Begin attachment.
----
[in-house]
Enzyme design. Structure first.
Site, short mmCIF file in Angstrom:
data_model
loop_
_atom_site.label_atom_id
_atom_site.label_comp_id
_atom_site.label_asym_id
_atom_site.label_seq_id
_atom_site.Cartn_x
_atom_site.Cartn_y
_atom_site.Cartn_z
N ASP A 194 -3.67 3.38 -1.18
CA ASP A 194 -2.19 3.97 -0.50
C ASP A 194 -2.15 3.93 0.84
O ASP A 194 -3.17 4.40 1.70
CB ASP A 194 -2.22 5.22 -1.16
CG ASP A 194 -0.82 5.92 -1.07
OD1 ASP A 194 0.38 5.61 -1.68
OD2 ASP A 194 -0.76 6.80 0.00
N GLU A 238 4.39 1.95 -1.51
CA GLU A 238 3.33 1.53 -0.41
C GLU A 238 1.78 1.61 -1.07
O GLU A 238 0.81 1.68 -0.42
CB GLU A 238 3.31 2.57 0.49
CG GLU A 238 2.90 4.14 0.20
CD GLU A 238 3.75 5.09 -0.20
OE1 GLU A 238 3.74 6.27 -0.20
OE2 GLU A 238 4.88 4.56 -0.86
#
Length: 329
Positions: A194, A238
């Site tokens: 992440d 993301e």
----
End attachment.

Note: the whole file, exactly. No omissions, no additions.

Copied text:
[in-house]
Enzyme design. Structure first.
Site, short mmCIF file in Angstrom:
data_model
loop_
_atom_site.label_atom_id
_atom_site.label_comp_id
_atom_site.label_asym_id
_atom_site.label_seq_id
_atom_site.Cartn_x
_atom_site.Cartn_y
_atom_site.Cartn_z
N ASP A 194 -3.67 3.38 -1.18
CA ASP A 194 -2.19 3.97 -0.50
C ASP A 194 -2.15 3.93 0.84
O ASP A 194 -3.17 4.40 1.70
CB ASP A 194 -2.22 5.22 -1.16
CG ASP A 194 -0.82 5.92 -1.07
OD1 ASP A 194 0.38 5.61 -1.68
OD2 ASP A 194 -0.76 6.80 0.00
N GLU A 238 4.39 1.95 -1.51
CA GLU A 238 3.33 1.53 -0.41
C GLU A 238 1.78 1.61 -1.07
O GLU A 238 0.81 1.68 -0.42
CB GLU A 238 3.31 2.57 0.49
CG GLU A 238 2.90 4.14 0.20
CD GLU A 238 3.75 5.09 -0.20
OE1 GLU A 238 3.74 6.27 -0.20
OE2 GLU A 238 4.88 4.56 -0.86
#
Length: 329
Positions: A194, A238
């Site tokens: 992440d 993301e």